A population that skews older means more demand for healthcare and fewer candidates in the workforce. Regardless of their age, everyone feels the effects of a strained healthcare system. 

A Worsening Candidate Shortage

Right now, the average RN is 50 years old. Not to mention, many healthcare workers opted to retire early during the COVID-19 pandemic. Enrollment in nursing programs has increased in recent years, but due partly to capped enrollment, this supply of new nurses can’t keep up with the demand. 

While the nursing shortage gets a lot of public attention, worker shortages are even more extreme in other positions. Mercer estimates that low-salary roles like certified nursing assistants and home health aides will face a 3.2 million worker shortage within five years.

Healthcare needs new workers. But younger workers were hit especially hard by burnout during the pandemic. Altogether, there’s great uncertainty about whether young workers will be there to step up to the roles vacated by older workers.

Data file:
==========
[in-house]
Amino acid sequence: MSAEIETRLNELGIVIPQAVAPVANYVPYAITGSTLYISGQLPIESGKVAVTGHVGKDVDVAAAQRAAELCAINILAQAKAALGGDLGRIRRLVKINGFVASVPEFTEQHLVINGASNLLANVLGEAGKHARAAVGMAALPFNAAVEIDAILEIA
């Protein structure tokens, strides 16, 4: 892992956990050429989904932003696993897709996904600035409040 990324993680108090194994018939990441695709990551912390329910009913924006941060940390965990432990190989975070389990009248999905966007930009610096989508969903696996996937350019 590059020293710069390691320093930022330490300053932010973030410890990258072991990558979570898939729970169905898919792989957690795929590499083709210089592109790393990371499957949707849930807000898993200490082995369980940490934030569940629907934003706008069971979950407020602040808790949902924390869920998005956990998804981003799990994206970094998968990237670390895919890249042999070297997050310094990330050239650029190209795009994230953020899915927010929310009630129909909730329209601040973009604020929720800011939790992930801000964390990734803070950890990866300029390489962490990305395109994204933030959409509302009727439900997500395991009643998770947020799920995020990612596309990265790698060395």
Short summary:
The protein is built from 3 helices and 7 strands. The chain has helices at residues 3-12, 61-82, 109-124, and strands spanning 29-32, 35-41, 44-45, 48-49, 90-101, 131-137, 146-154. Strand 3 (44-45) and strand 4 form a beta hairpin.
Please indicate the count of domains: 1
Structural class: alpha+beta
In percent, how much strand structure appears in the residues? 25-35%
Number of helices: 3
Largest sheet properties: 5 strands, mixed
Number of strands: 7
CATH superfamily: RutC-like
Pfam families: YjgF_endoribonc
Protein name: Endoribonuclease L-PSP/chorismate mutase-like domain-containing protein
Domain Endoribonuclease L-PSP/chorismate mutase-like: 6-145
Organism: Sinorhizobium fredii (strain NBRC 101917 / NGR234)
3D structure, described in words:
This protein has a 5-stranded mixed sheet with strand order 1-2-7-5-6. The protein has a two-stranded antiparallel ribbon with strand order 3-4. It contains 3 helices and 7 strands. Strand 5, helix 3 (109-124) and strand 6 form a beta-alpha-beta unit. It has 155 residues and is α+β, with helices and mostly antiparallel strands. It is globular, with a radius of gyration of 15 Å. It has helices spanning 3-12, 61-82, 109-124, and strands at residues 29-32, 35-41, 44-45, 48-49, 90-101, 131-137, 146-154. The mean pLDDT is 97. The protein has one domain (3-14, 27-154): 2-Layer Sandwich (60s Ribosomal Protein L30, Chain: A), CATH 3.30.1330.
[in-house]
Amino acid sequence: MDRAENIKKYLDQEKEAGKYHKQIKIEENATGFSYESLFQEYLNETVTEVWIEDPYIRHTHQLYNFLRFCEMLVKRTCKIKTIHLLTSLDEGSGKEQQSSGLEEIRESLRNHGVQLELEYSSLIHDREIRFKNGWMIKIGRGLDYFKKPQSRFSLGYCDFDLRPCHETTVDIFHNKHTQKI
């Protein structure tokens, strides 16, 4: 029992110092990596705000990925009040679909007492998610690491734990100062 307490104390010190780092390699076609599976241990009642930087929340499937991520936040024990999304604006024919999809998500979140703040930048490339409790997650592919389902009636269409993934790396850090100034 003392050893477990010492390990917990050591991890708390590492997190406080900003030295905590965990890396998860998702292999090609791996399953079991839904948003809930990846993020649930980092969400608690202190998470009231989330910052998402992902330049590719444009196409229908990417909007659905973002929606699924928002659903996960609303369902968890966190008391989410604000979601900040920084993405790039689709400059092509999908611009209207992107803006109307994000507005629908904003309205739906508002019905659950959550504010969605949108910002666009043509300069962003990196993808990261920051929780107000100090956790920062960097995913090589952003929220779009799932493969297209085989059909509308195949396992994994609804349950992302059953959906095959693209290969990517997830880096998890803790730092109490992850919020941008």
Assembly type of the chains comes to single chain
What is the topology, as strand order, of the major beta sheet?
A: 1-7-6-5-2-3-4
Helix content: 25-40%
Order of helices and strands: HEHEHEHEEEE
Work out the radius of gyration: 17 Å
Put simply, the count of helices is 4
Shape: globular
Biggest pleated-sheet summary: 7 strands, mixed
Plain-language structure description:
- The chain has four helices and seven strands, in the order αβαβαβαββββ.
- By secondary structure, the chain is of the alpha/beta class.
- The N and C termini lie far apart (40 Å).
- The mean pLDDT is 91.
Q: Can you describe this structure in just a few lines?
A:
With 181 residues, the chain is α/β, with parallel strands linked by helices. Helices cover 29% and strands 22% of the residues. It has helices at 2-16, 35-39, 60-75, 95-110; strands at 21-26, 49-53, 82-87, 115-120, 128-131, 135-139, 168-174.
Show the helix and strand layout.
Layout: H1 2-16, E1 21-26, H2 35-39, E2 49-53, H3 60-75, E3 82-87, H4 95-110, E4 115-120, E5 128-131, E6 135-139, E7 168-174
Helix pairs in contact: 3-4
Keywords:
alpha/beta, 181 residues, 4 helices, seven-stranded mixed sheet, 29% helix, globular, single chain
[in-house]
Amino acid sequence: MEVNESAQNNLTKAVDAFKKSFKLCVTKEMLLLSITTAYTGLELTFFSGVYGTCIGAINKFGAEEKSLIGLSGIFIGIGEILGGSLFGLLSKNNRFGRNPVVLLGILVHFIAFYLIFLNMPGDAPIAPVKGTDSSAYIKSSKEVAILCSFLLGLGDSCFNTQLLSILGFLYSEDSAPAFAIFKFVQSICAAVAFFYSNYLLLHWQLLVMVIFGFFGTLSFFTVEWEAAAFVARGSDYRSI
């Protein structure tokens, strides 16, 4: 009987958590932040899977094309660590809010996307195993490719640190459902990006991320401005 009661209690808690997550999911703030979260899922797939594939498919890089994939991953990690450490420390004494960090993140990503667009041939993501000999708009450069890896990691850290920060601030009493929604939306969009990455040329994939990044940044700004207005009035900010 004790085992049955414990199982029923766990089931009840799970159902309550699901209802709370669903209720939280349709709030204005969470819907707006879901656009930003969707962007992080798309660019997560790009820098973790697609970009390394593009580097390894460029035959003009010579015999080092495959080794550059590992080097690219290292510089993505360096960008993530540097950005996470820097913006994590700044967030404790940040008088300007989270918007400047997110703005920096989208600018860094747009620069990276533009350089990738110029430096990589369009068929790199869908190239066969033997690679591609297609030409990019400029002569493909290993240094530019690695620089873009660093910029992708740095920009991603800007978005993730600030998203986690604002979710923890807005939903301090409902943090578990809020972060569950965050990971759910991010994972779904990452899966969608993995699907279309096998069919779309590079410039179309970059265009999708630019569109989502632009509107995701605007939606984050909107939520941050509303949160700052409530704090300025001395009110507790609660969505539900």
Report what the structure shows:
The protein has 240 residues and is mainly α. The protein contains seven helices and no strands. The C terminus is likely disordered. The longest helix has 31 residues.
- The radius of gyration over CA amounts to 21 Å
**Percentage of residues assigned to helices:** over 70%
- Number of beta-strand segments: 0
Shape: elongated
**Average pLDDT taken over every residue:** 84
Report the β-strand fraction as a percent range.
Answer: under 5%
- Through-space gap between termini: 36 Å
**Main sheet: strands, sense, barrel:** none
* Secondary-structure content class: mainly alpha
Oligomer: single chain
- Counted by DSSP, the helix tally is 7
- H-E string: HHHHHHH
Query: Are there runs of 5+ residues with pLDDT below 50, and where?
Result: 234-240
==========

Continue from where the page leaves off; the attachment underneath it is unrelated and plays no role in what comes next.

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Growing Demand for Care

Older Americans use more healthcare than any other group. They also have more chronic conditions than other age groups, meaning they’re more likely to need specialized care. As a result, more healthcare providers will be caring for patients with concurrent conditions in the near future. 

As the population of older Americans grows, senior and assisted living can expect an increase in demand. But home health care will probably see a more dramatic rise than any other sector. According to the Bureau of Labor Statistics, home health aide positions are expected to grow by 33%—far above average. 

Changing Services for Older Patients

As home healthcare rises in popularity and demand, more healthcare businesses must accommodate people who want to age at home. Older Americans place increasing importance on retaining independence. Senior living communities that hope to attract residents must respond to changing ideas of what it means to age. They can do this by offering more resident independence and by creating a greater sense of home with cultural programming and flexible care options. In addition, healthcare providers will need to strongly emphasize preventative care to help prevent mobility issues and support independent aging.

It’s not just residents’ desires that are changing. Economic brackets are also shifting. Middle-income seniors are growing as a demographic, and healthcare providers must find ways to give this group the care they need and want at a price point they can afford. That may mean offering completely new care models, including more use of telehealth, and shorter and less intensive stays.

The Effect on Patients Under 65